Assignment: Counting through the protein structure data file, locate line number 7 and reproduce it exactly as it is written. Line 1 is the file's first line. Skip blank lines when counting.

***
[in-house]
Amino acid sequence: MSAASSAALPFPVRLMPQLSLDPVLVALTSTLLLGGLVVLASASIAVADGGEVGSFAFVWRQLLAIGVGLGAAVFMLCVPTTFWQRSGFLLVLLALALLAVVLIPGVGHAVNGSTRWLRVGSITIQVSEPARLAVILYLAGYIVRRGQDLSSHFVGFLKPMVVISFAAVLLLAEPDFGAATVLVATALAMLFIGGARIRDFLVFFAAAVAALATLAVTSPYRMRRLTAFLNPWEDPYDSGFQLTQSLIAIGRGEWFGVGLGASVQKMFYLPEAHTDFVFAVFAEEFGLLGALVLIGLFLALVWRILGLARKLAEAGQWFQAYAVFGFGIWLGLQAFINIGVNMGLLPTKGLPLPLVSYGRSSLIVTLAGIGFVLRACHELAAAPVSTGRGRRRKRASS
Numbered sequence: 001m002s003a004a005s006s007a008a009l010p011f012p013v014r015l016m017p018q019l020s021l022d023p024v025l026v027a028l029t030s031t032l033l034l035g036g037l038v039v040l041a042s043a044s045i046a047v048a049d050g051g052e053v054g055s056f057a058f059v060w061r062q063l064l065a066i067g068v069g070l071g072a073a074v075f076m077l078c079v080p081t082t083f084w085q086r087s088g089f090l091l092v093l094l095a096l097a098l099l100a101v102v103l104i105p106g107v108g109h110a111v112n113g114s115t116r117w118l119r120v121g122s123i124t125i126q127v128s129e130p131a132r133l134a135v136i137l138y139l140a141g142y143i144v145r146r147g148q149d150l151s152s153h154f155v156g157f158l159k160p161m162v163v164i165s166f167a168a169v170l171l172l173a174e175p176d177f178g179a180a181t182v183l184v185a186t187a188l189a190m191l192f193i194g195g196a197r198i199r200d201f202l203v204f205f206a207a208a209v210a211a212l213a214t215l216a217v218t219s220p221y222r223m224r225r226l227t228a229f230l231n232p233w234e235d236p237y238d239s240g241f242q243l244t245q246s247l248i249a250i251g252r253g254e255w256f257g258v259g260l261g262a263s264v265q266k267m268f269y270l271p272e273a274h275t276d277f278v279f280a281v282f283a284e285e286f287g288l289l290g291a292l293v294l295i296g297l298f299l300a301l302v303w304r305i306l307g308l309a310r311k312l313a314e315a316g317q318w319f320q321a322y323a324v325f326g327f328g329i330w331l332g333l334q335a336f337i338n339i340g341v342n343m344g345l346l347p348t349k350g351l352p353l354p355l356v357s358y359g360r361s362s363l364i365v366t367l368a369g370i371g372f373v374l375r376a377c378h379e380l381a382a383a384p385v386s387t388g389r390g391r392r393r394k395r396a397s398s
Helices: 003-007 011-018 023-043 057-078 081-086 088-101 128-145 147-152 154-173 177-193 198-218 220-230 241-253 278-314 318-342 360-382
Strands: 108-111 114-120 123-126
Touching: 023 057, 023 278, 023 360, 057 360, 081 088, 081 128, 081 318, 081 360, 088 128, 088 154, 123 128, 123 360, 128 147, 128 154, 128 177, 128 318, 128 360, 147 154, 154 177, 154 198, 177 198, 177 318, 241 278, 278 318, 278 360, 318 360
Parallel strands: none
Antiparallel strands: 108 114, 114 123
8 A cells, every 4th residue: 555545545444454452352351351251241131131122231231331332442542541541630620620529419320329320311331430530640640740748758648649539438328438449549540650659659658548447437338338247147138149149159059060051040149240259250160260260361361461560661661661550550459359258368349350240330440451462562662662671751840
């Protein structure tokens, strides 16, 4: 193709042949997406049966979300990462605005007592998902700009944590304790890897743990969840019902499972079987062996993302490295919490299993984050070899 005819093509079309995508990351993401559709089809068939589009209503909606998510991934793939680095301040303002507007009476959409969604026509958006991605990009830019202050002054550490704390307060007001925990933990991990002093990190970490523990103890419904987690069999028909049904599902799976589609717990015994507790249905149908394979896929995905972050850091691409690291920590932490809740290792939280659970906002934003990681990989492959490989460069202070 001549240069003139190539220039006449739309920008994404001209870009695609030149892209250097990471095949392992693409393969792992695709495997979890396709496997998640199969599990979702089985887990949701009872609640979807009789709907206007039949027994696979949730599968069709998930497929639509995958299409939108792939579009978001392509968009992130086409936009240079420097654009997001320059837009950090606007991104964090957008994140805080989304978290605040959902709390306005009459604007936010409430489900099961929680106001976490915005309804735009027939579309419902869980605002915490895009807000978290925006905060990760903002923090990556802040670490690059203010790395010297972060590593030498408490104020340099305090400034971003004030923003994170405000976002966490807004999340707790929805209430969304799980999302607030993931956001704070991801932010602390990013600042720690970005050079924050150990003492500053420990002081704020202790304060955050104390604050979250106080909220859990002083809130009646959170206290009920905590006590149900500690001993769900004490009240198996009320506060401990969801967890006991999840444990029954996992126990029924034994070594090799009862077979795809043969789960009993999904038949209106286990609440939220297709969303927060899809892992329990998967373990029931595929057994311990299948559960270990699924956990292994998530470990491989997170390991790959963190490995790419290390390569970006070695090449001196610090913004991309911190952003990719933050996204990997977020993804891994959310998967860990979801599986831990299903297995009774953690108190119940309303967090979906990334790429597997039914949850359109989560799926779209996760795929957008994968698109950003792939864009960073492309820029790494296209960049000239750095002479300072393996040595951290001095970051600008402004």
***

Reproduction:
Parallel strands: none